Videogames for Learning Japanese

NOTE: post is currently in progress, i’m too tired to fix it properly before i publish the updates

I’ll add more to this list as I find and play them. Last updated 23rd February 2015.

Usually you’ll want to (or it’s only possible to) emulate a game instead of buying a physical cartridge. Emulation means you use software to play the game on another gaming device, for example playing a gameboy game on a 3DS, or a PS2 game on a computer. Emulation software is entirely free, and runs on “ROMs” (digital versions of the info that’s on a game cartridge), which you can download online (techically, having a ROM copy of a game you already own is not illegal, and emulators aren’t illegal, but downloading ROMs of games you don’t already know is illegal – anyway you can find ROMs easily online.) If you have a device like a 3DS, you can buy a “flashcart” (flashcartridge) which is basically just a fake game cartridge that’s actually a USB, and you can load the emulation software etc onto it. Anyway!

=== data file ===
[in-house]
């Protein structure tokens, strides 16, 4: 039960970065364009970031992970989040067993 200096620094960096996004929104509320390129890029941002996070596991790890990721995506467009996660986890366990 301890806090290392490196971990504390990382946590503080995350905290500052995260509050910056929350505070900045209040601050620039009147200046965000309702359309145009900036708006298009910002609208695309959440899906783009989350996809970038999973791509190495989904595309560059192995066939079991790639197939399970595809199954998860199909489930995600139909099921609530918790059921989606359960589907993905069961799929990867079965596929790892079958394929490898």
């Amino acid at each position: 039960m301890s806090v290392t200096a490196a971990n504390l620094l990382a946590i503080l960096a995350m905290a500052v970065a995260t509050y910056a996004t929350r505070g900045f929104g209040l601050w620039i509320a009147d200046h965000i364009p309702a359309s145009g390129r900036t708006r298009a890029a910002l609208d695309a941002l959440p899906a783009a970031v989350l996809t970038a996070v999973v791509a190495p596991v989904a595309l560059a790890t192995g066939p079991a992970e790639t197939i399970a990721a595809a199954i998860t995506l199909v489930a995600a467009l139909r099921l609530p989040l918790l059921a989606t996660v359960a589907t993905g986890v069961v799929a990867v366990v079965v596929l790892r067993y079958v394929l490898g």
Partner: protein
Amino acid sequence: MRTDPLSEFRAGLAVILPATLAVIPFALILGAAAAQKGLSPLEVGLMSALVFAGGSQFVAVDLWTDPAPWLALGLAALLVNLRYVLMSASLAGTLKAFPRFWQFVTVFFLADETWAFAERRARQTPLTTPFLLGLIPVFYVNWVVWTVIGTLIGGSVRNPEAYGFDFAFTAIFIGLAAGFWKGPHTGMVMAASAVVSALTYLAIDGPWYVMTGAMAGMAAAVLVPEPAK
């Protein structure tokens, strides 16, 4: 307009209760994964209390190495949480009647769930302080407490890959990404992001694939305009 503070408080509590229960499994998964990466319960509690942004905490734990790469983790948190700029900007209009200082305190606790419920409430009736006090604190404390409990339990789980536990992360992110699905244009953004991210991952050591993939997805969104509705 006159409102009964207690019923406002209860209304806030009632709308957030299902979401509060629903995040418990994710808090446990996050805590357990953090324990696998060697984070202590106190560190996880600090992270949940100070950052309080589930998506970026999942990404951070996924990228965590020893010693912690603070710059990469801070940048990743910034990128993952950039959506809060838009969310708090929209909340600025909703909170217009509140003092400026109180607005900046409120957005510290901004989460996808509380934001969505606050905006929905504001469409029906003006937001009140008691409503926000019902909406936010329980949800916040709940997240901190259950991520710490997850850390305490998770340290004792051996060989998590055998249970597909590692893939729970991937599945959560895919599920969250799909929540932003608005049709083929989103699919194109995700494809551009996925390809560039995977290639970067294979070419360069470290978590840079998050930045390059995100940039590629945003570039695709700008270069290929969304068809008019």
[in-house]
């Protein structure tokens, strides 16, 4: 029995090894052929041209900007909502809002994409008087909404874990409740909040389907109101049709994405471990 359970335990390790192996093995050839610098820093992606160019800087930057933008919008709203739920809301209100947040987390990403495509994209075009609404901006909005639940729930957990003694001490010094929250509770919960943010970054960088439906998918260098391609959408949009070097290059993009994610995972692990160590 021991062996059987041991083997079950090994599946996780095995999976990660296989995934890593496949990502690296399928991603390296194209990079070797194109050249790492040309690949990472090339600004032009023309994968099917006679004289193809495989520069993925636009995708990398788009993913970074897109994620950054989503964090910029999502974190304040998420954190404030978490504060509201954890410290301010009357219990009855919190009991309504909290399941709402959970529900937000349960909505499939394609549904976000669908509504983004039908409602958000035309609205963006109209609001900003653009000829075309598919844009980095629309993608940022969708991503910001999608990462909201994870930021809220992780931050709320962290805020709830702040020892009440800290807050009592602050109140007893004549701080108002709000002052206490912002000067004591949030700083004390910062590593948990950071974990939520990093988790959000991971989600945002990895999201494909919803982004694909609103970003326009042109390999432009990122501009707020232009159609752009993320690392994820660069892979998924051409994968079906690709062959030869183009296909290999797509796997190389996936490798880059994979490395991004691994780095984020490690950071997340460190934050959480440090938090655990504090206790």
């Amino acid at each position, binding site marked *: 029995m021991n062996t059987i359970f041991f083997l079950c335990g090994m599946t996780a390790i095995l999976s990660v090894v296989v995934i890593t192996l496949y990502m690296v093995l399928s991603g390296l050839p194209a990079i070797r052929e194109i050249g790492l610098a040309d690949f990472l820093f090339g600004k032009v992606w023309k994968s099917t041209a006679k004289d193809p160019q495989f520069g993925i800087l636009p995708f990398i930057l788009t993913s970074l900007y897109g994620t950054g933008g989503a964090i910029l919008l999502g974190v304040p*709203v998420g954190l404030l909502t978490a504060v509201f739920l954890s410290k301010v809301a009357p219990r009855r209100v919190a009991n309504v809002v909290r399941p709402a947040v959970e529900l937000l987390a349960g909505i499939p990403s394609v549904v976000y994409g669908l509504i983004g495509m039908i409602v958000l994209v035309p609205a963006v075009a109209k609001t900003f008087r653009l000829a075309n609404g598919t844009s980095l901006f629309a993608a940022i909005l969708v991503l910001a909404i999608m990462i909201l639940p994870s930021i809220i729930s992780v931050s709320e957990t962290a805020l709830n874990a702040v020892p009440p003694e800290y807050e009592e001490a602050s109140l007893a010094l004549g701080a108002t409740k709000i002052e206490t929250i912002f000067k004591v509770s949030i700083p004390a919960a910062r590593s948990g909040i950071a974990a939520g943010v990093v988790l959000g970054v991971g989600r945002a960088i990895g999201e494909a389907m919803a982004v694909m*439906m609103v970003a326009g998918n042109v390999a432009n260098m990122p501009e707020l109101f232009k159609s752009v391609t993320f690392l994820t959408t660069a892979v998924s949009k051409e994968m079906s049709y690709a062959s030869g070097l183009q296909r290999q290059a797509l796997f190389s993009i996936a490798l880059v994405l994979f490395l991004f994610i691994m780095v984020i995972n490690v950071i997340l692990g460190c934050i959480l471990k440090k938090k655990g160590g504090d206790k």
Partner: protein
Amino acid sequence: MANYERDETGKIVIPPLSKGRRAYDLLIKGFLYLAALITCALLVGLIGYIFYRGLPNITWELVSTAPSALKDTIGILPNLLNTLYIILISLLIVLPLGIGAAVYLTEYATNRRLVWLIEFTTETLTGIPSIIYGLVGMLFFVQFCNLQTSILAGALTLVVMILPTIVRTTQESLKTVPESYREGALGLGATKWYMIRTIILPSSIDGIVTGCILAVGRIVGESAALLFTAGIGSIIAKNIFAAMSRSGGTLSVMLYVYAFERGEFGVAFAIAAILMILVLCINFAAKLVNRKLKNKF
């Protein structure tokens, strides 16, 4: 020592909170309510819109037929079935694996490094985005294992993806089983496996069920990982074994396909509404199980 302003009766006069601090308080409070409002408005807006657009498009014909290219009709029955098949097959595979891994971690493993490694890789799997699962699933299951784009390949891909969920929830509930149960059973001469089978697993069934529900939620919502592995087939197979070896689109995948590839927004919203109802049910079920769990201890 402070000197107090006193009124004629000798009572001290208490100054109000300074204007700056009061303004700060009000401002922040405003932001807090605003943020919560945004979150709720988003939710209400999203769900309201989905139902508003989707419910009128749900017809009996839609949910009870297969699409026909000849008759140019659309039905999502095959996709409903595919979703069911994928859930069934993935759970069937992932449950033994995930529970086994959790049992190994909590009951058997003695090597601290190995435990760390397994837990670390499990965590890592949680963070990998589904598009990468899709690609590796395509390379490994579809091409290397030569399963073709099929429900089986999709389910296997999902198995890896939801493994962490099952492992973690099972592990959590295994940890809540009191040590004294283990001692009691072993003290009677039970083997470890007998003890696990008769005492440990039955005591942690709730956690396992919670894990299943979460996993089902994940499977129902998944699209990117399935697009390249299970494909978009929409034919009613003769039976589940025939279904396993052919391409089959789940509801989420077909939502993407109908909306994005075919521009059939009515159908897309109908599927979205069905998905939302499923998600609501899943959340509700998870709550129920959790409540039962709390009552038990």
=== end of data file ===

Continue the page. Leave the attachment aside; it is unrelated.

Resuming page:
Games only in hiragana or katakana:

1. (GBC, NDS) All of the Pokemon games (although X and Y can switch in-game between kanji and hiragana by changing the settings). Pokemon Gold, Silver or Crystal are actually the easiest to understand and learn from out of all the games (Red/Blue/Green have stilted text with not enough context, and the later games have way too much text and aren’t as easy to play if you can’t understand what they’re saying). Warning, the Mystery Dungeon games have really tiny text that’s hard to read.

Pokemon X:

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2. (DS) こどものための読み聞かせ えほんであそぼう – A series of “games” which are actually illustrated children’s books. There’s both English and Japanese stories, and the stories have audio. The stories are just things like that one about the peach boy, and Peter Pan, summarized.